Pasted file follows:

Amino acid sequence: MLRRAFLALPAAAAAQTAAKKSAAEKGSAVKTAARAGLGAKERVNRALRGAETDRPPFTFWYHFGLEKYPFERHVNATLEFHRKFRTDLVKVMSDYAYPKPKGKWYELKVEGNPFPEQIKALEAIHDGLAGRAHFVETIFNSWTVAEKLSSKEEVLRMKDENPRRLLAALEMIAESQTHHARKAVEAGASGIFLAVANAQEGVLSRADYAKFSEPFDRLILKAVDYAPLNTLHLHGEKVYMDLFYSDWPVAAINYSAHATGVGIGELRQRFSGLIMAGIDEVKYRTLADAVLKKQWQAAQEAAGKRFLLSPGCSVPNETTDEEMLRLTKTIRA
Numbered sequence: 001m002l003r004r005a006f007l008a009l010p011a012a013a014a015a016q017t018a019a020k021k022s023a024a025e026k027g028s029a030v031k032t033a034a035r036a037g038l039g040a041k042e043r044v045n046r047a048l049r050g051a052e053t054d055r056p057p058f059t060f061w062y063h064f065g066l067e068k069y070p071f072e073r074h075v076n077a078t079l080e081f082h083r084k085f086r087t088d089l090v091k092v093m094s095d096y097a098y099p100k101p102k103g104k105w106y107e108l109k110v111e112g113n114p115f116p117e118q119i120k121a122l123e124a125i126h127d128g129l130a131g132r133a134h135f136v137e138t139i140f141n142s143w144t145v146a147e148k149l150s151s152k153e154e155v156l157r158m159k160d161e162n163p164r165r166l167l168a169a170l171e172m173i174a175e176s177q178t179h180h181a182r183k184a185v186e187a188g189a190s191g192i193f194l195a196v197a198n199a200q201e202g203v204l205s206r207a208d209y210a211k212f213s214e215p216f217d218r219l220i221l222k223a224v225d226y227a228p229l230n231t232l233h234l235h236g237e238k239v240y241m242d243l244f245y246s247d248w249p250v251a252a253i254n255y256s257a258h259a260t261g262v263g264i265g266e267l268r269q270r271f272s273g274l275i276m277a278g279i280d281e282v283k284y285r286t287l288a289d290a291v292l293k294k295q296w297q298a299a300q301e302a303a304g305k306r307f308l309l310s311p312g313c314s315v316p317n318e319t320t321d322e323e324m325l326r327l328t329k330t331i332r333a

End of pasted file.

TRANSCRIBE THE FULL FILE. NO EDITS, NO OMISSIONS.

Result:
Amino acid sequence: MLRRAFLALPAAAAAQTAAKKSAAEKGSAVKTAARAGLGAKERVNRALRGAETDRPPFTFWYHFGLEKYPFERHVNATLEFHRKFRTDLVKVMSDYAYPKPKGKWYELKVEGNPFPEQIKALEAIHDGLAGRAHFVETIFNSWTVAEKLSSKEEVLRMKDENPRRLLAALEMIAESQTHHARKAVEAGASGIFLAVANAQEGVLSRADYAKFSEPFDRLILKAVDYAPLNTLHLHGEKVYMDLFYSDWPVAAINYSAHATGVGIGELRQRFSGLIMAGIDEVKYRTLADAVLKKQWQAAQEAAGKRFLLSPGCSVPNETTDEEMLRLTKTIRA
Numbered sequence: 001m002l003r004r005a006f007l008a009l010p011a012a013a014a015a016q017t018a019a020k021k022s023a024a025e026k027g028s029a030v031k032t033a034a035r036a037g038l039g040a041k042e043r044v045n046r047a048l049r050g051a052e053t054d055r056p057p058f059t060f061w062y063h064f065g066l067e068k069y070p071f072e073r074h075v076n077a078t079l080e081f082h083r084k085f086r087t088d089l090v091k092v093m094s095d096y097a098y099p100k101p102k103g104k105w106y107e108l109k110v111e112g113n114p115f116p117e118q119i120k121a122l123e124a125i126h127d128g129l130a131g132r133a134h135f136v137e138t139i140f141n142s143w144t145v146a147e148k149l150s151s152k153e154e155v156l157r158m159k160d161e162n163p164r165r166l167l168a169a170l171e172m173i174a175e176s177q178t179h180h181a182r183k184a185v186e187a188g189a190s191g192i193f194l195a196v197a198n199a200q201e202g203v204l205s206r207a208d209y210a211k212f213s214e215p216f217d218r219l220i221l222k223a224v225d226y227a228p229l230n231t232l233h234l235h236g237e238k239v240y241m242d243l244f245y246s247d248w249p250v251a252a253i254n255y256s257a258h259a260t261g262v263g264i265g266e267l268r269q270r271f272s273g274l275i276m277a278g279i280d281e282v283k284y285r286t287l288a289d290a291v292l293k294k295q296w297q298a299a300q301e302a303a304g305k306r307f308l309l310s311p312g313c314s315v316p317n318e319t320t321d322e323e324m325l326r327l328t329k330t331i332r333a